The other big feather in the Triton Five’s cap is its soundstaging properties. The loudspeaker builds a wall of sound; not in a manner befitting a murderous 1960s impresario with mad taste in hair, but more like your rear wall has been replaced with the concert hall, club, studio, or other venue in which that particular recording was made. There is a true sense of epic scale on offer here, the kind of thing that you might have to spend £10,000 or more to experience elsewhere. This means that orchestral music is played at orchestral scale and the sense of presence in room is palpable. On the other hand, play some cool jazz from the 1950s and you can almost see the cigarette smoke filling the room. The Triton Five is three dimensional, incredibly open, and capable of an extremely accurate soundstage that ‘scales’ sublimely well.
These two aspects combine perfectly in rock, especially Prog Rock. The simultaneous need for a huge soundstage coupled with an ability to play very deep, very loud is the perfect laundry list for playing Tarkus by Emerson, Lake & Palmer [Cotillion] or for that matter Lateralus by Tool [Volcano] or even Black Holes and Revelations by Muse [Warner], although the last shows up a lot of compression in the process. The Triton Five stays on the right side of Prog pomposity when playing these potentially pompous platters, instead going for the large soundstage and powerful, dynamic bottom end.
It’s not all just about bass and soundstaging, although these are the stand-out aspects of the design. In fact, there’s a fine sense of top-to-bottom coherence, too. The speakers have a natural-to-rich tonal balance that is extremely alluring, and the clean, extended, and grain free treble associated with AMT ribbons. This makes the loudspeaker more than just a bass-powered bruiser, or a wide soundstage with nothing to back it up. This is a deft and subtle loudspeaker too, and that comes across well with fey girl-with-guitar music like Kat Edmonson’s somewhat overplayed ‘Lucky’ from Way Down Low [Spinnarette]. If it can focus your attention as well here as it does with Muse’s bombast, the speaker is doing a lot right.
Viewed from the position of someone used to small-scale, typically British two-way standmounts, all this low frequency energy and broad soundstage may almost flood the listener. However, it’s a little like eating steak after a life of hamburger – the real thing might be overwhelming at first, but it’s hard to go back afterward. Early listening to large speakers after living with little ones can sometimes make you think the bigger speaker is ‘slower’ where in fact you are relearning how to listen to bigger loudspeakers. British audio enthusiasts used to know this and would regularly upgrade from bass-light small-box designs to the more authoritarian bass of IMF or TDL models. Fast forward to today and the Triton Five balances these desires perfectly, sounding a lot faster, a lot more detailed and more dynamic than older transmission line IMFs, but retaining their bass slam and energy.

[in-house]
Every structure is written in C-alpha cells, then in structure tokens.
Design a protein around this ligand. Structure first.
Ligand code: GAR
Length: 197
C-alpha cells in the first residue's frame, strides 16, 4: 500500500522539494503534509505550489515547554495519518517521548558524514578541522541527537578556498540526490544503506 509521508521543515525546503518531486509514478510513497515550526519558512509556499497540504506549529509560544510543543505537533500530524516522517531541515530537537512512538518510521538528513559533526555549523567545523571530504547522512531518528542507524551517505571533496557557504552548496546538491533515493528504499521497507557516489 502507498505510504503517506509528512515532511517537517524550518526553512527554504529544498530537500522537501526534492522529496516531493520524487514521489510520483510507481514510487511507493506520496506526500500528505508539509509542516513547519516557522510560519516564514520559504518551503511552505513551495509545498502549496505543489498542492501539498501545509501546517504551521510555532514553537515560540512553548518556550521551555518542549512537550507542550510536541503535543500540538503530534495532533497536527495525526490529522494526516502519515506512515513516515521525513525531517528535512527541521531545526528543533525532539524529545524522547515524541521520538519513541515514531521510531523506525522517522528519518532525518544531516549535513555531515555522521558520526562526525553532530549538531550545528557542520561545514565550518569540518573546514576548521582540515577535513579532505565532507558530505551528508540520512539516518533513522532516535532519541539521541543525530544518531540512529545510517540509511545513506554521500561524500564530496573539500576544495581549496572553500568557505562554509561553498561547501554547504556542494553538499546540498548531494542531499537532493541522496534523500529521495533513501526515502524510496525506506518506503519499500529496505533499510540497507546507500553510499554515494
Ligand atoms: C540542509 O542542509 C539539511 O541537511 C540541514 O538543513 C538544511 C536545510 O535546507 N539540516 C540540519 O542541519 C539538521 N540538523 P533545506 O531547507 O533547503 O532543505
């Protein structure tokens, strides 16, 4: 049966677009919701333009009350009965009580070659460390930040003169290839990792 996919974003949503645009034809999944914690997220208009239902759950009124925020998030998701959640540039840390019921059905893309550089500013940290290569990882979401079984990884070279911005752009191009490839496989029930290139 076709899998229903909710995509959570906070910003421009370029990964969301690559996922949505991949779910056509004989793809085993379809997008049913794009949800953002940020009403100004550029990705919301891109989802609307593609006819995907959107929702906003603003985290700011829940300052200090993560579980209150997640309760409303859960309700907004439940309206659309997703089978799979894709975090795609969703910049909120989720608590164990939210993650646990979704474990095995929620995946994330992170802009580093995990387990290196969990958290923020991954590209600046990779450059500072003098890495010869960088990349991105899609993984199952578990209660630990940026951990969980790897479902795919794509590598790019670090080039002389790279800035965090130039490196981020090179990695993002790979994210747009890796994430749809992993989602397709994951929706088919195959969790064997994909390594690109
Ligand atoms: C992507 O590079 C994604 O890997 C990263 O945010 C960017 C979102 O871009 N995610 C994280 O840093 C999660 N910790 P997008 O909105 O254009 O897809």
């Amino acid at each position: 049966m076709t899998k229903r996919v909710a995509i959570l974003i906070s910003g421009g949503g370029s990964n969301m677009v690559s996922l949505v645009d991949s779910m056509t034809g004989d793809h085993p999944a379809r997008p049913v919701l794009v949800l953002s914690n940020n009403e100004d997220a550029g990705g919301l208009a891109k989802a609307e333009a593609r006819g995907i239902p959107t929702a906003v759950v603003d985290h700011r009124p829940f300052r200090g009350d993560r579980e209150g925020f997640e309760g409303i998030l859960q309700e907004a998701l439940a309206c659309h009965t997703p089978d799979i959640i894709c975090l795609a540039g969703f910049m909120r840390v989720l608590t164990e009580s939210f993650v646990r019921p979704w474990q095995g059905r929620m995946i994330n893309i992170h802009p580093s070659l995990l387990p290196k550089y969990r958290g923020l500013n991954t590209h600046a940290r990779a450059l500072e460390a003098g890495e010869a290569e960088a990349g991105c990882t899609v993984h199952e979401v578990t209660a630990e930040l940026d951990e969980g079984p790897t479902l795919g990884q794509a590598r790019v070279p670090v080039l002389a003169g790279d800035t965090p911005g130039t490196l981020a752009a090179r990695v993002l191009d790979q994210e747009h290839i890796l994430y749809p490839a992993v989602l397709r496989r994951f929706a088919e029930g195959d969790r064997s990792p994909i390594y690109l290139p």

Spending more does eventually justify itself. When you start to talk about the ‘shape’ and ‘texture’ of deep bass notes, without sacrificing the ‘depth’ of bass, then suddenly some of the true titans of high-end begin to win out. This doesn’t manifest in playing dub reggae or dubstep, but comes across when playing something big and orchestral and a little bit dour – symphonies by Mahler or Bruckner. The bass comes across as the most powerful and structural you can get in its class, but lacks the kind of cold beauty required to portray the depths of this kind of music. Still, we are talking about spending an order of magnitude more than the Triton Five to achieve this ‘textured’ bass quality without sacrificing bass depth in the process, so it’s hardly a major concern. You aren’t buying a KEF Blade ‘on the cheap’ here, but you are buying an exceptionally good loudspeaker that shows its rivals a clean pair of heels.
It’s hard not to be impressed by the GoldenEar Triton Five, because materially you are buying a lot of speaker for the money. The fact that it also delivers a lot of really good sound for the money is an unexpected surprise. At the price it has no peers and no parallels, and comes strongly recommended.